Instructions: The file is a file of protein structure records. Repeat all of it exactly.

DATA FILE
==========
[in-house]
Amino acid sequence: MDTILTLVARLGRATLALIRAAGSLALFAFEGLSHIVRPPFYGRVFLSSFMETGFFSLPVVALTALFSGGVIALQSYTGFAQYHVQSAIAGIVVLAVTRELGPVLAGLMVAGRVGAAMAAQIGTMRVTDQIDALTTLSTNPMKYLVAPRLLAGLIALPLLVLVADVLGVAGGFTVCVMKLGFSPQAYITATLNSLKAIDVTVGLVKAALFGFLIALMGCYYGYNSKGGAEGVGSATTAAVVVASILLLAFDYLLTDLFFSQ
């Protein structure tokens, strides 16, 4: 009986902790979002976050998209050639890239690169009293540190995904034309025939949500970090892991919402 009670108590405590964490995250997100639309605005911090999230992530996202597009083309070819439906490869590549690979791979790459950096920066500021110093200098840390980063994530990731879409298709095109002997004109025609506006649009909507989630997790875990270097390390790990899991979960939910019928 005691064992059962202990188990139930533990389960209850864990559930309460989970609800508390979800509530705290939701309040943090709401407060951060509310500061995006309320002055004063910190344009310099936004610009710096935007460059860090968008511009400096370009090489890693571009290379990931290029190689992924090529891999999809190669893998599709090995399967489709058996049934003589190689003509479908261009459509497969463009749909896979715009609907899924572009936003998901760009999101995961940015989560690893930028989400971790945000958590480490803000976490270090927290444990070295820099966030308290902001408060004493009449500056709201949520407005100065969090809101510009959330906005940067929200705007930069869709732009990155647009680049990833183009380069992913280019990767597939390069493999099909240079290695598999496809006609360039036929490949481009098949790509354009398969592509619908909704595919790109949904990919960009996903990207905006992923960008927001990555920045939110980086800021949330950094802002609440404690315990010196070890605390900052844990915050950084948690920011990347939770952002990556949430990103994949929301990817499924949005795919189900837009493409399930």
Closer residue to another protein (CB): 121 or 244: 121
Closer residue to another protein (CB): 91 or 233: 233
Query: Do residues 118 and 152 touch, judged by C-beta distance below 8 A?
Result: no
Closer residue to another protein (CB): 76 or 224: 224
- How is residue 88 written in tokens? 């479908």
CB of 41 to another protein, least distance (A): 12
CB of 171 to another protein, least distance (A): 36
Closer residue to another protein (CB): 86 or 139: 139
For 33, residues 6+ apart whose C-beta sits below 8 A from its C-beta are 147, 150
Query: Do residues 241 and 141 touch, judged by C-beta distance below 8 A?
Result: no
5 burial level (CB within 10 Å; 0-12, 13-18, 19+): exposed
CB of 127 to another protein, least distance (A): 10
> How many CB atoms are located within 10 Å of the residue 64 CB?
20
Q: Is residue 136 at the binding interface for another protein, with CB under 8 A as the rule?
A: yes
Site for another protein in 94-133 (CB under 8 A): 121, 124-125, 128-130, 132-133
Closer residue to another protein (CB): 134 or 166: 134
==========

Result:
[in-house]
Amino acid sequence: MDTILTLVARLGRATLALIRAAGSLALFAFEGLSHIVRPPFYGRVFLSSFMETGFFSLPVVALTALFSGGVIALQSYTGFAQYHVQSAIAGIVVLAVTRELGPVLAGLMVAGRVGAAMAAQIGTMRVTDQIDALTTLSTNPMKYLVAPRLLAGLIALPLLVLVADVLGVAGGFTVCVMKLGFSPQAYITATLNSLKAIDVTVGLVKAALFGFLIALMGCYYGYNSKGGAEGVGSATTAAVVVASILLLAFDYLLTDLFFSQ
């Protein structure tokens, strides 16, 4: 009986902790979002976050998209050639890239690169009293540190995904034309025939949500970090892991919402 009670108590405590964490995250997100639309605005911090999230992530996202597009083309070819439906490869590549690979791979790459950096920066500021110093200098840390980063994530990731879409298709095109002997004109025609506006649009909507989630997790875990270097390390790990899991979960939910019928 005691064992059962202990188990139930533990389960209850864990559930309460989970609800508390979800509530705290939701309040943090709401407060951060509310500061995006309320002055004063910190344009310099936004610009710096935007460059860090968008511009400096370009090489890693571009290379990931290029190689992924090529891999999809190669893998599709090995399967489709058996049934003589190689003509479908261009459509497969463009749909896979715009609907899924572009936003998901760009999101995961940015989560690893930028989400971790945000958590480490803000976490270090927290444990070295820099966030308290902001408060004493009449500056709201949520407005100065969090809101510009959330906005940067929200705007930069869709732009990155647009680049990833183009380069992913280019990767597939390069493999099909240079290695598999496809006609360039036929490949481009098949790509354009398969592509619908909704595919790109949904990919960009996903990207905006992923960008927001990555920045939110980086800021949330950094802002609440404690315990010196070890605390900052844990915050950084948690920011990347939770952002990556949430990103994949929301990817499924949005795919189900837009493409399930």
Closer residue to another protein (CB): 121 or 244: 121
Closer residue to another protein (CB): 91 or 233: 233
Query: Do residues 118 and 152 touch, judged by C-beta distance below 8 A?
Result: no
Closer residue to another protein (CB): 76 or 224: 224
- How is residue 88 written in tokens? 């479908």
CB of 41 to another protein, least distance (A): 12
CB of 171 to another protein, least distance (A): 36
Closer residue to another protein (CB): 86 or 139: 139
For 33, residues 6+ apart whose C-beta sits below 8 A from its C-beta are 147, 150
Query: Do residues 241 and 141 touch, judged by C-beta distance below 8 A?
Result: no
5 burial level (CB within 10 Å; 0-12, 13-18, 19+): exposed
CB of 127 to another protein, least distance (A): 10
> How many CB atoms are located within 10 Å of the residue 64 CB?
20
Q: Is residue 136 at the binding interface for another protein, with CB under 8 A as the rule?
A: yes
Site for another protein in 94-133 (CB under 8 A): 121, 124-125, 128-130, 132-133
Closer residue to another protein (CB): 134 or 166: 134